A single zebrafish, exposed to alcohol, not only doubles its swim-speed among its "sober" peers, but also increases the speed of the whole group, a new study has found.
New findings by researchers at the New York University Polytechnic School of Engineering are helping to unravel the complex interplay between alcohol and social behaviour and may lead to new therapies for mitigating the negative impacts of alcohol use and abuse.
A team led by Maurizio Porfiri devised an original method that would allow for detailed tracking of a single, alcohol-exposed zebrafish amid a school of "sober" peers.
The research team posited that an individual's response to alcohol would vary based on the presence or absence of unexposed peers.
What they did not anticipate, however, was the remarkable effect the alcohol-exposed fish would have on unexposed shoalmates.
Porfiri and his colleagues designed an experimental procedure in which a single zebrafish was exposed to four concentrations of ethanol in water, ranging from zero to high.
Following exposure, the fish was released into a group of untreated zebrafish.
A custom tracking algorithm allowed the researchers to follow for the first time individual fish throughout the experiment as well as analyse group behaviour.
Previous studies show alcohol exposure affects zebrafish locomotion - at low concentrations, fish tend to swim faster, and as the dose increases, swimming typically slows. Alcohol can also negatively impact the school's cohesion.
In Porfiri's trials, the single exposed zebrafish showed changes in locomotion when observed alone consistent to those predicted by independent studies in the past.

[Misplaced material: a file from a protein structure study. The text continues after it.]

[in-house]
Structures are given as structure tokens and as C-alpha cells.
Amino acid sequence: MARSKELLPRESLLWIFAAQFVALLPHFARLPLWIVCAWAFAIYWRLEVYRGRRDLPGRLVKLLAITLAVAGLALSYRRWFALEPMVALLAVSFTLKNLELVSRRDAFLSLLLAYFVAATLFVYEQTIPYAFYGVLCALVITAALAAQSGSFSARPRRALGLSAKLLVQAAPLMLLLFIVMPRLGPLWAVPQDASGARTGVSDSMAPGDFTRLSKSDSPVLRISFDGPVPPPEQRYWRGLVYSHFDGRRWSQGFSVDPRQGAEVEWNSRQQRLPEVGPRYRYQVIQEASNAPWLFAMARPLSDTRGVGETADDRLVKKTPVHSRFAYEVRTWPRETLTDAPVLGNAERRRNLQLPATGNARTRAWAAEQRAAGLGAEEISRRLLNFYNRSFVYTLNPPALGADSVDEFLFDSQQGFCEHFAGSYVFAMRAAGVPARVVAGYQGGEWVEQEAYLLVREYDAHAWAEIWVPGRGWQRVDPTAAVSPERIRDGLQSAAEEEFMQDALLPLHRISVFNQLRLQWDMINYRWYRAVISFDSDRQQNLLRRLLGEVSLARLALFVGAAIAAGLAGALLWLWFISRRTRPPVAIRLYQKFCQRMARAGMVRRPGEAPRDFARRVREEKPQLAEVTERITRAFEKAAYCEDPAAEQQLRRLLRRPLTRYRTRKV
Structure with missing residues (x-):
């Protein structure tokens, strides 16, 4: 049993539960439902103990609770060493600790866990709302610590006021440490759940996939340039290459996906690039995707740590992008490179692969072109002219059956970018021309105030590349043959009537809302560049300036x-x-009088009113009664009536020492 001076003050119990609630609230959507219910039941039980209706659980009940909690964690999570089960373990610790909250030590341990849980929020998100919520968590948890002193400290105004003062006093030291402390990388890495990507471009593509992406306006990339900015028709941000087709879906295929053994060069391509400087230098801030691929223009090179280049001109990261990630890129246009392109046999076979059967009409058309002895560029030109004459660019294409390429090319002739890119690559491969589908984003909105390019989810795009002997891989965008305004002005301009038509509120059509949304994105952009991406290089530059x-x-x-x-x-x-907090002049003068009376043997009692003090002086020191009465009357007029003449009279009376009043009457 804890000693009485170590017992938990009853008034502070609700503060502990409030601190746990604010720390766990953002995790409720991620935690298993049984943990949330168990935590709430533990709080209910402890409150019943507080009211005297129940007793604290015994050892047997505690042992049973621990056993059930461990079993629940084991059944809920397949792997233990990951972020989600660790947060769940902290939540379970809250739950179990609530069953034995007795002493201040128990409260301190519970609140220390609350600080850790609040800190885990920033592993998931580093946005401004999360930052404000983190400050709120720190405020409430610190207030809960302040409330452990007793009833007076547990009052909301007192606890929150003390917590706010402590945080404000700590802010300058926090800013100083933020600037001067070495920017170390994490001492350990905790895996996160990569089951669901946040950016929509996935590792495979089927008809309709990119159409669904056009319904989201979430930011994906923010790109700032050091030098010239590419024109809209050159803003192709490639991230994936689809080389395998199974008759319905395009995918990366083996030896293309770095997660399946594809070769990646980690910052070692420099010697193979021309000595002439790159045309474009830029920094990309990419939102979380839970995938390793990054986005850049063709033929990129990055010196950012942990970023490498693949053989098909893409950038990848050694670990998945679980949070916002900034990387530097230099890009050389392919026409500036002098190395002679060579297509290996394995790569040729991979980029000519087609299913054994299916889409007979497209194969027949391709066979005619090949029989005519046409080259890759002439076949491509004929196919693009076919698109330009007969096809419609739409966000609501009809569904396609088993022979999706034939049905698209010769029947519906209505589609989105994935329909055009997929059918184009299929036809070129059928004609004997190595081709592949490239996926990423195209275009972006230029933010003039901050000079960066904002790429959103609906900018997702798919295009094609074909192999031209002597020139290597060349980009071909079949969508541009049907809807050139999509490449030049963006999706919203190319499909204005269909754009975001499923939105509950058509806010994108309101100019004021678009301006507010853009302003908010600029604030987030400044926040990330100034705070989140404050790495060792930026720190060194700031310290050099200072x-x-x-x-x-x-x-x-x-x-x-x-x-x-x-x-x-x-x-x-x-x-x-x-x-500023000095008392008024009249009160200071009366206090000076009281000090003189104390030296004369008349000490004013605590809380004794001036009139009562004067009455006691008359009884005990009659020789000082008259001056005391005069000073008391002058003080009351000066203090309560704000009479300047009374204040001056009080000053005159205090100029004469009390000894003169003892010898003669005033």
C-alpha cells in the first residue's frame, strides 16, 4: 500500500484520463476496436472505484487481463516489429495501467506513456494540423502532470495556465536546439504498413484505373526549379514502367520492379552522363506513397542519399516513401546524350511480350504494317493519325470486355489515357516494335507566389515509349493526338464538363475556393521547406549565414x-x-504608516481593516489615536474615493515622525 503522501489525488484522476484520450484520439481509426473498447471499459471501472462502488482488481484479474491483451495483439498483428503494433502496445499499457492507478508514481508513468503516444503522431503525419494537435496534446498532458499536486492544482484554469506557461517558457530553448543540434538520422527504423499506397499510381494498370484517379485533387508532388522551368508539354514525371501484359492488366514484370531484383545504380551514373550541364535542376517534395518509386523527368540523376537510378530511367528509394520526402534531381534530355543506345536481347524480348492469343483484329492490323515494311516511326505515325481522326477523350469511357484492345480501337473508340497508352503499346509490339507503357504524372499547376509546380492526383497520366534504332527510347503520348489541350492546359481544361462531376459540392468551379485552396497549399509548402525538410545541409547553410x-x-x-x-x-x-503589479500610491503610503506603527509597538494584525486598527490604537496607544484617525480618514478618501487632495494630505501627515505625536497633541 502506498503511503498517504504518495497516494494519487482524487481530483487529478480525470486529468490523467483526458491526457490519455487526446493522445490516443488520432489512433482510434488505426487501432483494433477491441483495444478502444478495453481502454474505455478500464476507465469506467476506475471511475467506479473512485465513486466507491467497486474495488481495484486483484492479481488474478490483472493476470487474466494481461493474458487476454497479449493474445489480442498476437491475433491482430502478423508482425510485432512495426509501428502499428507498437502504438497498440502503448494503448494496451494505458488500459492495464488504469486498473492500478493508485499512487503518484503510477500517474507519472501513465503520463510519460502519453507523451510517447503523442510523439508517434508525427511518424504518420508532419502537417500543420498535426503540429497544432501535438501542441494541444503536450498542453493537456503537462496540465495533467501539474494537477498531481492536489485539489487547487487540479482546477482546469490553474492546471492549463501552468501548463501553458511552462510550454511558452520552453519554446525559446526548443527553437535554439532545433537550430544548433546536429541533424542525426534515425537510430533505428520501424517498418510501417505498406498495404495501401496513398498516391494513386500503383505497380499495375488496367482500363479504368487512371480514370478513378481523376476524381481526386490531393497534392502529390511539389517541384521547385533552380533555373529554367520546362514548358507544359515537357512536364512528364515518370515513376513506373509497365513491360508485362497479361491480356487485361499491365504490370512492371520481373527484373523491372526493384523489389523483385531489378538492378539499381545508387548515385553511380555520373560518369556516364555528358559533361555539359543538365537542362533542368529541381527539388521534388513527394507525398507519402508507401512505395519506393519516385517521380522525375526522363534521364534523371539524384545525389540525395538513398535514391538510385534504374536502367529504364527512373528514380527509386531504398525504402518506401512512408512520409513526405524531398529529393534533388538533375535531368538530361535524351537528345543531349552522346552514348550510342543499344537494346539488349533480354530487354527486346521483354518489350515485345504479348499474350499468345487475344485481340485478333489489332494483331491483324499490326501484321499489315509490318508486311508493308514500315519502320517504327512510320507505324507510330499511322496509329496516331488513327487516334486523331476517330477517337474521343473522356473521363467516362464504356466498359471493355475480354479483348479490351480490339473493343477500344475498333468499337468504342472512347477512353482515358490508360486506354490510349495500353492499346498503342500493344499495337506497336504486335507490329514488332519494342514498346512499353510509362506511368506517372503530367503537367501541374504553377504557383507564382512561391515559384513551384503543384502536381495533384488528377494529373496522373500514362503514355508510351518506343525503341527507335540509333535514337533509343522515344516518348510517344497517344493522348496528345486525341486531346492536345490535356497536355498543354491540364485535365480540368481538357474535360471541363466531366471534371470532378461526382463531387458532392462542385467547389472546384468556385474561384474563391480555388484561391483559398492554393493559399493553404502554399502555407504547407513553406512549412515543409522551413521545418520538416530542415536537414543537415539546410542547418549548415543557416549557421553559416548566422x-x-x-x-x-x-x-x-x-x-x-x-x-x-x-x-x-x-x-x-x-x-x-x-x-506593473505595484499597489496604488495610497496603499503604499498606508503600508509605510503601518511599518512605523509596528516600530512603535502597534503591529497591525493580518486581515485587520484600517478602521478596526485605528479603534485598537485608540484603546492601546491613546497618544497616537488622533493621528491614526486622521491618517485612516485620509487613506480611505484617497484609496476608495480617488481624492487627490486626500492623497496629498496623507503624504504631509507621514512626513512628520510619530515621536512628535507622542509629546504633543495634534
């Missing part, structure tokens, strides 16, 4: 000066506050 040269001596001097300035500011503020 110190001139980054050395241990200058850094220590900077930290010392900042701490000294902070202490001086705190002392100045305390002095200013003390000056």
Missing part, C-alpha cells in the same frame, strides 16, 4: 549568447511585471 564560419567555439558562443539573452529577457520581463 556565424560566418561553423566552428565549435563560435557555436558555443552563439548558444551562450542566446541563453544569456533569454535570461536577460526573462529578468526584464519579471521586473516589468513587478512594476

In a group setting, however, the zebrafish behaviour was remarkably different: Fish exposed to intermediate or high alcohol concentrations nearly doubled their swimming speeds, suggesting that the presence of peers had a substantial impact on social behaviour under the influence of alcohol.
Most remarkably, the unexposed fish also modulated their behaviour and swimming speeds differentially in the presence of a shoalmate exposed to different levels of alcohol.
"These results were very surprising. It is clear that the untreated fish were matching the swimming speed of the alcohol-exposed fish, and this correlation was especially strong at an intermediate level of alcohol exposure. At very high or low levels, the influence decreases," said Porfiri.
Porfiri believes that one explanation for the high-speed swimming of the exposed individual may be hyper-reactivity to an enriched environment - óthe tank containing shoalmates.